Guest Blog: Bison B.C.’s Dan And Picks the Five Greatest Riffs ever
Crusty thrashers Bison B.C.’s latest album, Dark Ages (Metal Blade), is so chock-full of memorable guitar work, we figured these guys must be authorities on great riffs. Turns out we were right. Below is vocalist-guitarist Dan And’s picks for the Five Best Riffs of All-Time and his thoughts about each one.
1. BLACK SABBATH, “Hole in the Sky,” from Sabotage, 1975
Trying to pick just one Sabbath riff as a favorite is tough because they wrote every good riff ever…even “Zero The Hero” has a killer riff. There are the obvious choices of “Paranoi,” “Iron Man,” “Children of the Grave” or the song “Black Sabbath,” which started it all, but this one opens my fav Sabbath record so it’s always stuck out for me. It might be the fact that it doesn’t start right away and you can actually hear Iommi turn up the volume on his guitar, put his hand over the strings to mute them then…BLAAADOWWWW! Get yer “G-word” on!
2. THIN LIZZY, “Chinatown,” Chinatown, 1980
The perfect song…I don’t know how else to describe it. Thin Lizzy were masters of the riff like no other. Each song a perfect tactical aural assault of endless guitarmonies and good times but this one captures the flag for me. Scott Gorham was the perfect Colonel for General Lynott's riff army. Whether he was battling beside Gary Moore, Snowy White, or Brian Robertson you can tell that he was the one leading the charge.
3. BLACK FLAG, “Loose Nut,” Loose Nut, 1985
A riff that manages to not only sound as sleazy and sloppy as the lyrics to the song but also manages to completely segregate the band from their raging punk output. That polarization started with the sludge fest that is the second half of ’84’s My War and of course ’85’s Slip It In is pretty much as sleazy as you can get, but it’s still filled with classic Black Flag sounding punk riffs. Loose Nut just changed it all. The whole album’s a mid-tempo face fuck to whatever poor kid would happen to be standing in the front row. It sounds like Nikki Sixx writing a Black Sabbath record. Grow yer hair and grind the air!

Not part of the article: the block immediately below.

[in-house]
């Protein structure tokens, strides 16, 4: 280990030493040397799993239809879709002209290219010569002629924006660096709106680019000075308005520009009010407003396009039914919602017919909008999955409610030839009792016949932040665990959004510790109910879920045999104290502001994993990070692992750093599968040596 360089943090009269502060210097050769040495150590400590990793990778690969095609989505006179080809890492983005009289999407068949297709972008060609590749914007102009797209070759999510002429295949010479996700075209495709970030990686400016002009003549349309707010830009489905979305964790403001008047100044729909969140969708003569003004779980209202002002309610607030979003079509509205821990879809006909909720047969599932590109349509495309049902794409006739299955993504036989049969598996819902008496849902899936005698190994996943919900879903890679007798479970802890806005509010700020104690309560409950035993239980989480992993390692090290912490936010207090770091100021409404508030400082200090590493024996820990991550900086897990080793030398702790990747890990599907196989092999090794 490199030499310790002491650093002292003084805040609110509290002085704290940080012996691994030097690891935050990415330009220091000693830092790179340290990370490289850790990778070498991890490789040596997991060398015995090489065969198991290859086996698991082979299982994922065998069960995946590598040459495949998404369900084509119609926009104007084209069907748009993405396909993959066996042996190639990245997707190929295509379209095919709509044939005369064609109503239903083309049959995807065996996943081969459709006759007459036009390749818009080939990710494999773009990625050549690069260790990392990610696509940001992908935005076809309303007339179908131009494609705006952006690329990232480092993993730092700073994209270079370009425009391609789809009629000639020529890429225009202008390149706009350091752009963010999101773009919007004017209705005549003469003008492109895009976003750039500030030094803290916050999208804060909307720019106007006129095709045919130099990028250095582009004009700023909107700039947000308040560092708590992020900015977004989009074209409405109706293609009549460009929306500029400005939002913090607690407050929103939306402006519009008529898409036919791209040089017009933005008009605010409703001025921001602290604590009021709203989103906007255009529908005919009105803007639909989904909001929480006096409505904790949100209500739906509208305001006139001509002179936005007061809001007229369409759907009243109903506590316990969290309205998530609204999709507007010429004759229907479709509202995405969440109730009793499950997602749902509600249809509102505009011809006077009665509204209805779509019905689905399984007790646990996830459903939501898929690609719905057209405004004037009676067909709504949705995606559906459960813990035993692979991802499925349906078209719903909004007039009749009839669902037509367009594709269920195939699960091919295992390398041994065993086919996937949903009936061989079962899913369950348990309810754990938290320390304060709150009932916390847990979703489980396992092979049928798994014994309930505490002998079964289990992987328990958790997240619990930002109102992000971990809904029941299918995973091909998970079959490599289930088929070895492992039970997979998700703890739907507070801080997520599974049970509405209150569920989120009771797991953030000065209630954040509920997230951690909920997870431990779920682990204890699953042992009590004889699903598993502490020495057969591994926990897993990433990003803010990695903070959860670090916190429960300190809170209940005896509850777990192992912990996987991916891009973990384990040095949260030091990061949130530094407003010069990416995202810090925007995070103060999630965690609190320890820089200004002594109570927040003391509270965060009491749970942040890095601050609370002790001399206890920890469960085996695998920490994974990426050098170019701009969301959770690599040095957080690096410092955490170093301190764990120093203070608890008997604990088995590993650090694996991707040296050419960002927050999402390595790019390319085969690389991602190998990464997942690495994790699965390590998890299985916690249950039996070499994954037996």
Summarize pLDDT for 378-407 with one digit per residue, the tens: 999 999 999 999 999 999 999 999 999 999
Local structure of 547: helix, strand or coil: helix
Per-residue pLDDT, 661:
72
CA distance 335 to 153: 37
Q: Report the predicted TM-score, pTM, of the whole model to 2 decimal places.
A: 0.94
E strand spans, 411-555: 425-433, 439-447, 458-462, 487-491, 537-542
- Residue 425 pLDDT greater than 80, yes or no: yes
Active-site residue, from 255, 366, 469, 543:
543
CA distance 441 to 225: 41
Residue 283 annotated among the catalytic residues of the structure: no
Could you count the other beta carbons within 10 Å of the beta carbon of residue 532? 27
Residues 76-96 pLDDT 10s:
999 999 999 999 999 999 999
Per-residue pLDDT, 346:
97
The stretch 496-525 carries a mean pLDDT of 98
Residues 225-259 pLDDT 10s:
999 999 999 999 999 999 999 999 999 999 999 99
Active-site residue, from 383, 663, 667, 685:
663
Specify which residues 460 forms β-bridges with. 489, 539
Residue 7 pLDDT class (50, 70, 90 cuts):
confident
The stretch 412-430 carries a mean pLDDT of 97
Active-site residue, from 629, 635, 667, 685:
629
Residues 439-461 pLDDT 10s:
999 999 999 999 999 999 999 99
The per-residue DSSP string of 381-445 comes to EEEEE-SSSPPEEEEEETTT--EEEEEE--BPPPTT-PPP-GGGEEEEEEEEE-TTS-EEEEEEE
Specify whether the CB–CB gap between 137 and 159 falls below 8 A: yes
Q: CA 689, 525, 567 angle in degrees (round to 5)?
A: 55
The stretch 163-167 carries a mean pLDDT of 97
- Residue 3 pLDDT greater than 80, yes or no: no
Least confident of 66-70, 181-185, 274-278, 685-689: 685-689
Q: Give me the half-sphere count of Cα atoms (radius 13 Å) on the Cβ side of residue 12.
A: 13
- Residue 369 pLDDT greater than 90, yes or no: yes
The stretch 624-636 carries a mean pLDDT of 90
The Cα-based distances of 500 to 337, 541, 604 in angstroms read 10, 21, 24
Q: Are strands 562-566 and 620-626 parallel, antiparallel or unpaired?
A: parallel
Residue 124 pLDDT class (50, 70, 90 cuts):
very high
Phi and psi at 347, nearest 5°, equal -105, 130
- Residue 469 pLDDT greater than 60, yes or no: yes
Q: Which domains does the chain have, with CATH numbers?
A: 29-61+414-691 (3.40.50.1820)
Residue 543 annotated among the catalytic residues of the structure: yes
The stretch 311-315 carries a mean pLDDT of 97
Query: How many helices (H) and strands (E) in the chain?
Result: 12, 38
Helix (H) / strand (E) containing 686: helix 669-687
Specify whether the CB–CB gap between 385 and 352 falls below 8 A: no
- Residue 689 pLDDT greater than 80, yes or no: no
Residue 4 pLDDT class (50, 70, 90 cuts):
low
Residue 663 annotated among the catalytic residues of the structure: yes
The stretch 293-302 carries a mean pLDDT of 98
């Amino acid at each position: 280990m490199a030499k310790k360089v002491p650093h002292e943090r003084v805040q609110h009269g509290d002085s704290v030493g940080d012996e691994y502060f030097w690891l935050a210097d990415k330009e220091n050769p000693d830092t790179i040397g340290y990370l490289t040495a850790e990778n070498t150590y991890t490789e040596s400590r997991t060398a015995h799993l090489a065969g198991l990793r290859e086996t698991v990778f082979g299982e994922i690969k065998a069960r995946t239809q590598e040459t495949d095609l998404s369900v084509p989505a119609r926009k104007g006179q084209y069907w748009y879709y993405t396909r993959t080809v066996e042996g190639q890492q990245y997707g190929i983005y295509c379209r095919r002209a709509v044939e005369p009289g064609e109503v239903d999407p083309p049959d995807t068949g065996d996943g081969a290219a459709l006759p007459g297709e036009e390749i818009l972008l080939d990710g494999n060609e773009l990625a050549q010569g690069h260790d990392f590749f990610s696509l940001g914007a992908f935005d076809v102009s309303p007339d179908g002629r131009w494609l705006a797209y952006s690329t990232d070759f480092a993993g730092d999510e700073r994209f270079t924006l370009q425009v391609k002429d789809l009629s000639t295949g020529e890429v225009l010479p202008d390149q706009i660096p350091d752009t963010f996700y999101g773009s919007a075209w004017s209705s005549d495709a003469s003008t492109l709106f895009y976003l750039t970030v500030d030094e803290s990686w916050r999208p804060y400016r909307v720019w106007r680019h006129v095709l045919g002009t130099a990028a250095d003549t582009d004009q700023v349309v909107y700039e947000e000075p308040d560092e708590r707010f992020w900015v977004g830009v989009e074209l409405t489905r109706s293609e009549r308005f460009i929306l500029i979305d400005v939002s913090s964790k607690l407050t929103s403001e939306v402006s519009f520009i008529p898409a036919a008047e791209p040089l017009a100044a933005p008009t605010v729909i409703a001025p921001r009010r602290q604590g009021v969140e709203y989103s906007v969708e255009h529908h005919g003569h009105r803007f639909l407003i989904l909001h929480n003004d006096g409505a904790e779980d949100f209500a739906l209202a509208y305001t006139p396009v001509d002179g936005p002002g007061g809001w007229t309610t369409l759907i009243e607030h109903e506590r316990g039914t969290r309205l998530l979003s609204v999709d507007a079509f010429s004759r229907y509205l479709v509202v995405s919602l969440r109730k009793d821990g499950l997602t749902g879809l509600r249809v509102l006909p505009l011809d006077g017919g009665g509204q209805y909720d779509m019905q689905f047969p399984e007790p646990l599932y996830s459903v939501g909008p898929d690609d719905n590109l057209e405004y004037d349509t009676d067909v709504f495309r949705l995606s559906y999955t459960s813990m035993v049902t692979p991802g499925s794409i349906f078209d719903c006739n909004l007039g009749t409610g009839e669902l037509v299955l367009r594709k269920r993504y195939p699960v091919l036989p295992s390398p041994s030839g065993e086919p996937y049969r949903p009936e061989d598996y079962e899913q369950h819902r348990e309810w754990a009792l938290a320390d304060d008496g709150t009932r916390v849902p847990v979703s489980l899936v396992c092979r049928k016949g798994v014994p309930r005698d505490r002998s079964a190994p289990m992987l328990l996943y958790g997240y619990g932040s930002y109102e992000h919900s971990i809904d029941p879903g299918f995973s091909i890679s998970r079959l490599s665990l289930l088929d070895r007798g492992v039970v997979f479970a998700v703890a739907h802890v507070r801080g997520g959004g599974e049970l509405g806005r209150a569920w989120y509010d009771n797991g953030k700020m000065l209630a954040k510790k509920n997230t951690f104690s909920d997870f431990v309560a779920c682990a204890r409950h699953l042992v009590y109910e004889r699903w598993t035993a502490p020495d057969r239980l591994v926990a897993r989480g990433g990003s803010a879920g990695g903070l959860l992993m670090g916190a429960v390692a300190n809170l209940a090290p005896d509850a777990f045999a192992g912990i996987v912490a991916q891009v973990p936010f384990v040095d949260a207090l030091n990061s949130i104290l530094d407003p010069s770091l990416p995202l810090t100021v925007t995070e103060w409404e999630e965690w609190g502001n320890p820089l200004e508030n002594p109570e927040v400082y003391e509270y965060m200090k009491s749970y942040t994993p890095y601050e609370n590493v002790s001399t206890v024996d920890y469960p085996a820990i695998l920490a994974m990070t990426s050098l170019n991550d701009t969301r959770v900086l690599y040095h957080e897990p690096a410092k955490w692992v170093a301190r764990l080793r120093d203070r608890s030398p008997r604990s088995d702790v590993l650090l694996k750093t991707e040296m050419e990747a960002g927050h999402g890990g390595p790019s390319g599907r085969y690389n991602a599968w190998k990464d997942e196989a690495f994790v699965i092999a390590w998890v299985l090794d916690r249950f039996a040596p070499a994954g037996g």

4. BUDGIE, “Napoleon Bona-Part 2,” Bandolier, 1975
It takes exactly 2:38 minutes to get through the whimsical, dream-like “Napoleon Bona-Part 1,” but once “Part 2” kicks in, look the fuck out! Yer welcome, Iron Maiden. Take this hammer to the back of the head, Metallica, and don’t fuck it up. Whoops, shit the bed there, buds! Budgie galloped like no other ever has or will…they did it best, hands down. There would be no N.W.O.B.H.M. or Bay Area thrash without Budgie, period. Unfortunately that also means we have them to thank for Dave Mustaine and the current influx of horrible, barely post-teen thrash-revival bands. Good job, Welshers!
5. (tie) MELVINS, “Revolve,” Stoner Witch, 1994 / HIS HERO IS GONE, “Like Weeds,” Monuments to Thieves, 1997
There are millions of awesome classic rock and blues riffs I would throw on this list, but in terms of influence on my playing, these two are huge. It’s hard to even break them down into “riffs” because they are both an endless barrage of awesome riff after awesome riff. I never thought I would ever talk about a crust song even having a “riff” but this His Hero Is Gone one has been stuck in my head for 15 years. Basically every single song I have ever written in one form or another at first was an attempt to create the perfect mix of these two songs. Sleazy/sludgey pop metal mixed with doom and gloom crust punk. Give me 10 more years and I bet you anything I’ll even be a 275-pound dude with an afro wearing a scotchguarded mudflap covered in spikes. UGH!
Honorable Mentions (because six riffs are never enough):
Van Halen, “I’m the One”
Rush – “Spirit of Radio”/“Limelight”
Captain Beyond, everything
Eagles, “Life in the Fast Lane”
Phil Collins, “Easy Lover”
Kansas, “Carry On My Wayward Son”
April Wine, “Weeping Willow”
Replacements, “Bastards of Young”
Bison B.C. pic by Alex Divincenzo